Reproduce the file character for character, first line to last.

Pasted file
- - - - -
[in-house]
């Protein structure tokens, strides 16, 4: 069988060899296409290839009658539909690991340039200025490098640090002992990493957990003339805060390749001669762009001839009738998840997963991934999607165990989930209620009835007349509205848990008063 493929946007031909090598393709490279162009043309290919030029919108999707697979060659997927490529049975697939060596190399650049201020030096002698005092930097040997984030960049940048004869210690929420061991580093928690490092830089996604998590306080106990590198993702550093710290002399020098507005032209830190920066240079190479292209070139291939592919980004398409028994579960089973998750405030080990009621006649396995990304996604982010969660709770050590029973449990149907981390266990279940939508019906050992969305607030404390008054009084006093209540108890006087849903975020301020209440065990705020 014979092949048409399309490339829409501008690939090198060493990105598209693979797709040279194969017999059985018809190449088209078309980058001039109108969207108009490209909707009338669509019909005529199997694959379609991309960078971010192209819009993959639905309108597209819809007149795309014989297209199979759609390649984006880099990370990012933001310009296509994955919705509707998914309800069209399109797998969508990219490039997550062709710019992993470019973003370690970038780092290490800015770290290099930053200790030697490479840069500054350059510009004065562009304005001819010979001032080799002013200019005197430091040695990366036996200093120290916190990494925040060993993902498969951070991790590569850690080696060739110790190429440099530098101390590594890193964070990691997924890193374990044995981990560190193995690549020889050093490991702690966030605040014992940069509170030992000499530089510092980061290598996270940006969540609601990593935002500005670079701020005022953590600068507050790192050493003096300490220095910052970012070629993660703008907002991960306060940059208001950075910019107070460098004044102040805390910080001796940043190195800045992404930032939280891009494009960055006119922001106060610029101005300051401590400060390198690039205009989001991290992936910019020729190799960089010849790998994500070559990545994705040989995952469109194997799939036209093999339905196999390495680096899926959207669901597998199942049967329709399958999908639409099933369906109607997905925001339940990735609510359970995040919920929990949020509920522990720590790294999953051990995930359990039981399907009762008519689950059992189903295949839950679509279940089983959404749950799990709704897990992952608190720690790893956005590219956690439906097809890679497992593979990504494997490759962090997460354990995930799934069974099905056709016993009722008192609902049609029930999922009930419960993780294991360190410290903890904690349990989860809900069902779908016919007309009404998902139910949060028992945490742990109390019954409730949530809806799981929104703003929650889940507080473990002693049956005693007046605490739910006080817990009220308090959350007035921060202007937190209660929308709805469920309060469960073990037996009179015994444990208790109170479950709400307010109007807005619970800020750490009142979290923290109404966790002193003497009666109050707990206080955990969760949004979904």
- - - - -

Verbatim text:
[in-house]
């Protein structure tokens, strides 16, 4: 069988060899296409290839009658539909690991340039200025490098640090002992990493957990003339805060390749001669762009001839009738998840997963991934999607165990989930209620009835007349509205848990008063 493929946007031909090598393709490279162009043309290919030029919108999707697979060659997927490529049975697939060596190399650049201020030096002698005092930097040997984030960049940048004869210690929420061991580093928690490092830089996604998590306080106990590198993702550093710290002399020098507005032209830190920066240079190479292209070139291939592919980004398409028994579960089973998750405030080990009621006649396995990304996604982010969660709770050590029973449990149907981390266990279940939508019906050992969305607030404390008054009084006093209540108890006087849903975020301020209440065990705020 014979092949048409399309490339829409501008690939090198060493990105598209693979797709040279194969017999059985018809190449088209078309980058001039109108969207108009490209909707009338669509019909005529199997694959379609991309960078971010192209819009993959639905309108597209819809007149795309014989297209199979759609390649984006880099990370990012933001310009296509994955919705509707998914309800069209399109797998969508990219490039997550062709710019992993470019973003370690970038780092290490800015770290290099930053200790030697490479840069500054350059510009004065562009304005001819010979001032080799002013200019005197430091040695990366036996200093120290916190990494925040060993993902498969951070991790590569850690080696060739110790190429440099530098101390590594890193964070990691997924890193374990044995981990560190193995690549020889050093490991702690966030605040014992940069509170030992000499530089510092980061290598996270940006969540609601990593935002500005670079701020005022953590600068507050790192050493003096300490220095910052970012070629993660703008907002991960306060940059208001950075910019107070460098004044102040805390910080001796940043190195800045992404930032939280891009494009960055006119922001106060610029101005300051401590400060390198690039205009989001991290992936910019020729190799960089010849790998994500070559990545994705040989995952469109194997799939036209093999339905196999390495680096899926959207669901597998199942049967329709399958999908639409099933369906109607997905925001339940990735609510359970995040919920929990949020509920522990720590790294999953051990995930359990039981399907009762008519689950059992189903295949839950679509279940089983959404749950799990709704897990992952608190720690790893956005590219956690439906097809890679497992593979990504494997490759962090997460354990995930799934069974099905056709016993009722008192609902049609029930999922009930419960993780294991360190410290903890904690349990989860809900069902779908016919007309009404998902139910949060028992945490742990109390019954409730949530809806799981929104703003929650889940507080473990002693049956005693007046605490739910006080817990009220308090959350007035921060202007937190209660929308709805469920309060469960073990037996009179015994444990208790109170479950709400307010109007807005619970800020750490009142979290923290109404966790002193003497009666109050707990206080955990969760949004979904």